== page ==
Many Muslims in post-WWII Europe have an immigrant background, and are currently estimated to constitute approximately five per cent of the European Union’s 425 million inhabitants. As immigrants, generations came with very low labour skills, unlike most Muslims in the United States who generally possess a high level of education and marketable skills.

Low levels of education and few job opportunities explain poor economic performance of Muslims in Europe. Muslim immigrant populations across Europe are often concentrated in segregated, urban areas, which are plagued by delinquency, crime and deteriorated living conditions.

There is a need across the Atlantic to rebuild national narratives to include Muslims and Islam as part of the memory and culture of the national communities they belong to.

This can likely be done if Islam is disconnected from partisan interests and becomes a national cause for political, social and religious actors across the ideological spectrum.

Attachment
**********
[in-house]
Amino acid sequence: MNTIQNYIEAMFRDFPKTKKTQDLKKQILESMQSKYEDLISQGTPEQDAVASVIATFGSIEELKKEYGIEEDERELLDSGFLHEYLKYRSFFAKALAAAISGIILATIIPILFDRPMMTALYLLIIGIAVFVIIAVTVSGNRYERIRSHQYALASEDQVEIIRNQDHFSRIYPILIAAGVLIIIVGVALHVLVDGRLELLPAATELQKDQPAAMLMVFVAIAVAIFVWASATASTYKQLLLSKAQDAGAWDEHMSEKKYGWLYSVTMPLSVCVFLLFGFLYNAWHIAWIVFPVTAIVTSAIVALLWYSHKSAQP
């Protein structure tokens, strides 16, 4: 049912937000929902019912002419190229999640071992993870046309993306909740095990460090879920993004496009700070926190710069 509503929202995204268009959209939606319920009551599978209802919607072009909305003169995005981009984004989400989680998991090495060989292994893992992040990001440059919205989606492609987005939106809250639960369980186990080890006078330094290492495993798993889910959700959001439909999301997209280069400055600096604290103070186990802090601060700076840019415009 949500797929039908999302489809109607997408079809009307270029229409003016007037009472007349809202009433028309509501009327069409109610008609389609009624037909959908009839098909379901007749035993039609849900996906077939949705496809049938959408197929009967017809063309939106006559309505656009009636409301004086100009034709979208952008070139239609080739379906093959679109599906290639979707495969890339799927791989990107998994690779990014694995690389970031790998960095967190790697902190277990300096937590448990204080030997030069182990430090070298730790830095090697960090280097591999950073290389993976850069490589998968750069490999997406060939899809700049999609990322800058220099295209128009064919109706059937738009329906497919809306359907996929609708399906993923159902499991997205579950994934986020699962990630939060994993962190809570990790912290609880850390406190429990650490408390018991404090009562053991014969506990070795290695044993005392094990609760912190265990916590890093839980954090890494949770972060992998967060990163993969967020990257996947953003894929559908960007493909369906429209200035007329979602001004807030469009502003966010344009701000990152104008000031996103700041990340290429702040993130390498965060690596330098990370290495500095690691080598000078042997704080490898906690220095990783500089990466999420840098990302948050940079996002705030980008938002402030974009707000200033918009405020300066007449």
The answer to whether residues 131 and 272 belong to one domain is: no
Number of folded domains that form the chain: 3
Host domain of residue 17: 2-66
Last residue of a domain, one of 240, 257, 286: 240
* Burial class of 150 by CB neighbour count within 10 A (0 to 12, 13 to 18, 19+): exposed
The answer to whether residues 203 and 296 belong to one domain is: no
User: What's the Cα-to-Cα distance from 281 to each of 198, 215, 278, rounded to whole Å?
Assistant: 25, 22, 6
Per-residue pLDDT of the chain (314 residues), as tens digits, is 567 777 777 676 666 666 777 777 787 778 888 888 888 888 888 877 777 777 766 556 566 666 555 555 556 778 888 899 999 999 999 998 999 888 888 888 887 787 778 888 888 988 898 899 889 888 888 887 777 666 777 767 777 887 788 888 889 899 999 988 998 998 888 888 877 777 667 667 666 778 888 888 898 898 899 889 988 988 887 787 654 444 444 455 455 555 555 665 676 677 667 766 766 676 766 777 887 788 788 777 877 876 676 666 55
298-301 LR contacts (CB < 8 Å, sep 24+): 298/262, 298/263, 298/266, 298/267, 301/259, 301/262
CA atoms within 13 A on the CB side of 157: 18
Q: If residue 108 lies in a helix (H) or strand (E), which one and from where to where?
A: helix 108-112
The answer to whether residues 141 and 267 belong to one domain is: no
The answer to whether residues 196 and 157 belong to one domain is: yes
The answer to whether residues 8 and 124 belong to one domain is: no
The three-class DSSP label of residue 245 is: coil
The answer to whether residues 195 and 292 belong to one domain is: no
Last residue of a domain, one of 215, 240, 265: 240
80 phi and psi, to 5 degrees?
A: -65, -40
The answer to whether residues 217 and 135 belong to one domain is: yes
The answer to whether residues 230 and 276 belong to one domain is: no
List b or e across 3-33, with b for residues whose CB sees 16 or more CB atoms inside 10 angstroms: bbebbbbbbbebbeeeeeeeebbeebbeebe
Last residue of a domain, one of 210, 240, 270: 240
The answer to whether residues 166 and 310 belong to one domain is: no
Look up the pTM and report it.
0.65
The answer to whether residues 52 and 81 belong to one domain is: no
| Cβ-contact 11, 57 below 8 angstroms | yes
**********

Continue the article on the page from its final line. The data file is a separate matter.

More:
The educational and political efforts of the last five decades to include African Americans into the US national narrative are a good illustration of such a collective effort. In the case of Islam, it will require a coalition among religious actors from all faiths who can play a decisive role in promoting similarities between Islam and other monotheistic religions.

This is a noble political task for the decades to come.


* Dr Jocelyne Cesari is Director of the Islam in the West program at Harvard University and a Senior Research Fellow at the Berkley Centre for Religion, Peace and World Affairs at Georgetown University. This article, the fourth in a series on contemporary Muslim-Western relations, was written for the Common Ground News Service (CGNews).

Source: Common Ground News Service (CGNews), 21 May 2013,
Copyright permission is granted for publication.

Radstock Town Council Deems St George’s Cross Offensive to Muslims

15 May 2013